Rauner, Duckworth Attend MLK Day of Service in Chicago - NBC Chicago
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Rauner, Duckworth Attend MLK Day of Service in Chicago

The event, hosted by non-profit City Year Chicago, looks to honor Dr. King’s birthday by commemorating his legacy of service.

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    NEWSLETTERS

    This year's tribute to Dr. Martin Luther King Jr. in Chicago could not escape the political divisions felt nationwide. Mary Ann Ahern reports. (Published Monday, Jan. 16, 2017)

    Gov. Bruce Rauner and Sen. Tammy Duckworth attended the Martin Luther King, Jr. Day of Service at Chicago’s Curie High School Monday. The event, hosted by non-profit City Year Chicago, looks to honor Dr. King’s birthday by commemorating his legacy of service.

    “Today, I had the privilege of honoring Dr. King’s legacy by joining dedicated young Americans serving with City Year Chicago and other civically engaged volunteers to help improve schools as part of a national day of service,” Duckworth said in a statement. “I consider myself lucky to have been born into a family that valued service to one’s country and community, and that’s why I have always tried to give back what I can."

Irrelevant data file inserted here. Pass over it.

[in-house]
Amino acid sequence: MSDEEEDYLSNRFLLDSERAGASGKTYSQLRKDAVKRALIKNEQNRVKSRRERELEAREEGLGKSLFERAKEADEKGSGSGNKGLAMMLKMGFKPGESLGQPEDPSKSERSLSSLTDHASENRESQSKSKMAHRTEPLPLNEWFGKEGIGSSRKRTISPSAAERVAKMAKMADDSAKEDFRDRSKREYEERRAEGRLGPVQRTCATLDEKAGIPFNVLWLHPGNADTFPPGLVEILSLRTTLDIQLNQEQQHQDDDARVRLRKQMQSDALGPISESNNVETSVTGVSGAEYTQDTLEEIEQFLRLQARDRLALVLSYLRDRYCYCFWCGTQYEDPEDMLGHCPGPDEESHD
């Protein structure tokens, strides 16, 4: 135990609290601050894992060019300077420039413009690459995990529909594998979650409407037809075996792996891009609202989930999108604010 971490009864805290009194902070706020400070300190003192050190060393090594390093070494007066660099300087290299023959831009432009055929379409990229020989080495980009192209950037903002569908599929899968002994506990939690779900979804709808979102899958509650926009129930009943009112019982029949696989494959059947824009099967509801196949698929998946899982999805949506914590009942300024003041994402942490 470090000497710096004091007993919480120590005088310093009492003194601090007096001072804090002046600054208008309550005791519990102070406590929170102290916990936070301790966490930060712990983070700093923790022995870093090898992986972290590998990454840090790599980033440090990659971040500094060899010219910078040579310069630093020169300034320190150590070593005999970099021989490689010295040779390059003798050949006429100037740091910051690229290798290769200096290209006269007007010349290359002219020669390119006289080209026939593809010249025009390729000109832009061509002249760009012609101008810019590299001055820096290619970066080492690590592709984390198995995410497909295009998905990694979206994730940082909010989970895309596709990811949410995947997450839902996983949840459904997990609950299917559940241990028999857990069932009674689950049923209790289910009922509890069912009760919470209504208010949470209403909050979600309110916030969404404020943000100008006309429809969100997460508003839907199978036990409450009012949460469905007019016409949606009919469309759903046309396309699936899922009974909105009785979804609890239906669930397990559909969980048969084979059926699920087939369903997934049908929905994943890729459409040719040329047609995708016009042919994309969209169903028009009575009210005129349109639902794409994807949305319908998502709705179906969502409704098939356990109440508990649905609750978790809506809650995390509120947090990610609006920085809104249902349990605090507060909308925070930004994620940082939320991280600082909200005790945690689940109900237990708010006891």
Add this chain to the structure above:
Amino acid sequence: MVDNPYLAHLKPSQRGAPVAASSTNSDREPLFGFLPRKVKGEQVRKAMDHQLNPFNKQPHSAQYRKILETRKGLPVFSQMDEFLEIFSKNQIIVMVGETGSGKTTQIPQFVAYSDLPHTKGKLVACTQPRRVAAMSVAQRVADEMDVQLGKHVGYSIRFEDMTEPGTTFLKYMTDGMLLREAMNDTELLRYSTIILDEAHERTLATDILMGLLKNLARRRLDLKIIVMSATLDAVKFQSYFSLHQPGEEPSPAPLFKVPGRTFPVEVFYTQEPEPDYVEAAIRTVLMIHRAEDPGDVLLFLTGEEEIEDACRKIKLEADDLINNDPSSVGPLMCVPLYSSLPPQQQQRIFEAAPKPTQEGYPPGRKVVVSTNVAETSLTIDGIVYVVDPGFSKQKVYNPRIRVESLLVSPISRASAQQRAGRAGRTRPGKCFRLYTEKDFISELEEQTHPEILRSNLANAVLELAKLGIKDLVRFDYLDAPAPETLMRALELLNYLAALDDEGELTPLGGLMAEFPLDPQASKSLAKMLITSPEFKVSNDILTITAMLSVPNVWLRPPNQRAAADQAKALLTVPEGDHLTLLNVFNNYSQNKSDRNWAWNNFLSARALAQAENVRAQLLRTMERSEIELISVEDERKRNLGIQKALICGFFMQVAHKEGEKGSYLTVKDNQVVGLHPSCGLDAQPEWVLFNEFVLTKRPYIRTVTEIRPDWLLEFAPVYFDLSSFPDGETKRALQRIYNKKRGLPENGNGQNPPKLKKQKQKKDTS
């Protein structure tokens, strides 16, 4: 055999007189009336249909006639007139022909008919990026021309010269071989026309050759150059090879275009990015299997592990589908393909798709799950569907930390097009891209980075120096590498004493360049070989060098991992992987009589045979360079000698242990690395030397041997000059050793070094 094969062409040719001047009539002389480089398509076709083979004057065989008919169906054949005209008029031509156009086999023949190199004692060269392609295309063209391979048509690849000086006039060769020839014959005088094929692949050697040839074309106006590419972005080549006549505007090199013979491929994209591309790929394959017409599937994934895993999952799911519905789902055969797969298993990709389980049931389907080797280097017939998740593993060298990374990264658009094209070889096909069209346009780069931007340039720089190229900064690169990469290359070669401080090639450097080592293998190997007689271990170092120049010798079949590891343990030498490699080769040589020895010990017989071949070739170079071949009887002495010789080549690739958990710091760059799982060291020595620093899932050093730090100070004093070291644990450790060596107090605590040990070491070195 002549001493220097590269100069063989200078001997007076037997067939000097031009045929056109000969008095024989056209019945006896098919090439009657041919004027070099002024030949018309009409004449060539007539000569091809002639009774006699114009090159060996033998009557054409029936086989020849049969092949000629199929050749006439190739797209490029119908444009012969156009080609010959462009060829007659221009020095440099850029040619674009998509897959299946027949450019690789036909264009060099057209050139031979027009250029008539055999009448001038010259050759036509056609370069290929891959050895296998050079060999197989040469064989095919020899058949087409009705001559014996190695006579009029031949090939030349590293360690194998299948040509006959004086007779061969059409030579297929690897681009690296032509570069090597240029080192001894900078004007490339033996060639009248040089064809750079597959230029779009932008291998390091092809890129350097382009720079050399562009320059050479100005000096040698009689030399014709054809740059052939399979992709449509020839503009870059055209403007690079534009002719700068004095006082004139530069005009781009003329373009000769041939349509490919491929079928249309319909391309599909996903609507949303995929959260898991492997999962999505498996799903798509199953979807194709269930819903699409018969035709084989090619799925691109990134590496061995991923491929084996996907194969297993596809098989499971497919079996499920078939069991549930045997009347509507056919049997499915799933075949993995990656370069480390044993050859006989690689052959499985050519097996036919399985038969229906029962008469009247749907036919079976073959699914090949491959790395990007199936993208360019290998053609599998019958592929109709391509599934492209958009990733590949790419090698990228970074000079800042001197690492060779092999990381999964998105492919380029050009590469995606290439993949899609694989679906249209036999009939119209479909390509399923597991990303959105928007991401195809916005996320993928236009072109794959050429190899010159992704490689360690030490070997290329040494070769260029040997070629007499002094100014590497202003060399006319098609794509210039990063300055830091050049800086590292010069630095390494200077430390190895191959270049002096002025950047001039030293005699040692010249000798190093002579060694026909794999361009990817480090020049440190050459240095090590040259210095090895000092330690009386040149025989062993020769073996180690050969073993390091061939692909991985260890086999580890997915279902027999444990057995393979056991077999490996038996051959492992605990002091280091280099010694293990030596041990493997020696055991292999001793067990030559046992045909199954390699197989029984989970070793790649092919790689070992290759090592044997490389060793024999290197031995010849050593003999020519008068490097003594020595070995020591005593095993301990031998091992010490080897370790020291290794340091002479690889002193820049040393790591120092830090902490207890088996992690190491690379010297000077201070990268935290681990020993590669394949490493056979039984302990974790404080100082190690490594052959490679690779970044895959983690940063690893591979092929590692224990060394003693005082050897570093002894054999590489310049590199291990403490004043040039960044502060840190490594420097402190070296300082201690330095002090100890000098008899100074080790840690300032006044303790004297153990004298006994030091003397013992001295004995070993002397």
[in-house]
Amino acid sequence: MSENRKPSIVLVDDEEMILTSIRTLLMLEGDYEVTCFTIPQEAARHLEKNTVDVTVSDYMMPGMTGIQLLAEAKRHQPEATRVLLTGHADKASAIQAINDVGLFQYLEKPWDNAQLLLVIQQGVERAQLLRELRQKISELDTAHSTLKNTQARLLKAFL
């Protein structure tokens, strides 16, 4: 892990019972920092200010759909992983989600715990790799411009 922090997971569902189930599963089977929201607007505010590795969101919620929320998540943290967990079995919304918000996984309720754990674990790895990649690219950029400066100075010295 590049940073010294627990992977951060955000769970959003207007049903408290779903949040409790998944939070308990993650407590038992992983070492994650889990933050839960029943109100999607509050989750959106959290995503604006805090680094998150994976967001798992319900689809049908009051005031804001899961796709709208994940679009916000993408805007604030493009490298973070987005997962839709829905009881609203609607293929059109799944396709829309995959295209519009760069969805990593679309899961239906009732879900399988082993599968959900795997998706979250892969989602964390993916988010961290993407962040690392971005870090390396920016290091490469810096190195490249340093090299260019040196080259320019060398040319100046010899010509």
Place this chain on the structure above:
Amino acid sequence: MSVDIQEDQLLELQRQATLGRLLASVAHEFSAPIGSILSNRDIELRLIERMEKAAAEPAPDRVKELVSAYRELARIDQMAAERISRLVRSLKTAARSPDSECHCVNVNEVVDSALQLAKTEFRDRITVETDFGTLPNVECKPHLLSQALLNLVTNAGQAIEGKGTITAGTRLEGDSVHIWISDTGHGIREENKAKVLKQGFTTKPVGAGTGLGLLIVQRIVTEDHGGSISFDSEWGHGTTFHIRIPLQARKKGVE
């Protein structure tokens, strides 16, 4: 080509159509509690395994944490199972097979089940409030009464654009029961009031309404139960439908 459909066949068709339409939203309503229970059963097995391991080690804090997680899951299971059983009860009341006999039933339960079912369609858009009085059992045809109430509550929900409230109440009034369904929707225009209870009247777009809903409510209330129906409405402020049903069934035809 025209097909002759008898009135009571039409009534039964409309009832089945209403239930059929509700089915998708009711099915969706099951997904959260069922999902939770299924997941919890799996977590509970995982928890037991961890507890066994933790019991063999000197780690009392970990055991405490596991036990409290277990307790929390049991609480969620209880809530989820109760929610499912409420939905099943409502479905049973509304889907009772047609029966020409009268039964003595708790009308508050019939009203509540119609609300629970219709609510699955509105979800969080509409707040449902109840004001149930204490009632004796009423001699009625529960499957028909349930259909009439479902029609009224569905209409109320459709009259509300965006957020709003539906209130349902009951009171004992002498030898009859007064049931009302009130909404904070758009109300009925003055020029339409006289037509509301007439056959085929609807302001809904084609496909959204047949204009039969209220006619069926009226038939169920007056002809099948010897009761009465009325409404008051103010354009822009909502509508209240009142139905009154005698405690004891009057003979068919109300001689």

“The work being done today by volunteers and City Year Chicago members is an example of the best our nation has to offer,” Duckworth added.

    Chicago Deputy Mayor Andrea Zopp was also on hand for Monday’s event. Zopp lost to Duckworth in last year’s Democratic Senate primary.

    Earlier Monday, Rauner signed a lead testing bill to protect Illinois children alongside Reverend Jesse Jackson. Jackson and Rauner both credited King’s advocacy for lead protections.

    “It is especially important that we sign this bill on the birthday of one of our greatest Americans, Dr. Martin Luther King, Jr., who fought for a quality of life for every American, making sure the American dream could become a reality for every American,” Rauner said.

    The governor also attended a service at Chicago’s Mt. Zion Missionary Baptist Church Sunday, honoring Dr. King’s memory in a speech to the congregation.

    “This weekend we celebrate the life, the legacy of one of the greatest Americans, Dr. Martin Luther King, Jr.” Rauner said. “A true man of faith, a man of peace, but a man who knew that we can use peaceful means to advocate, to work, dare I say to fight for what is right, for what is just and what will truly make the world a better place.”

    “Let us all learn from him, let us respect his legacy, let us come together and advocate together for a better future for all our families,” he added.

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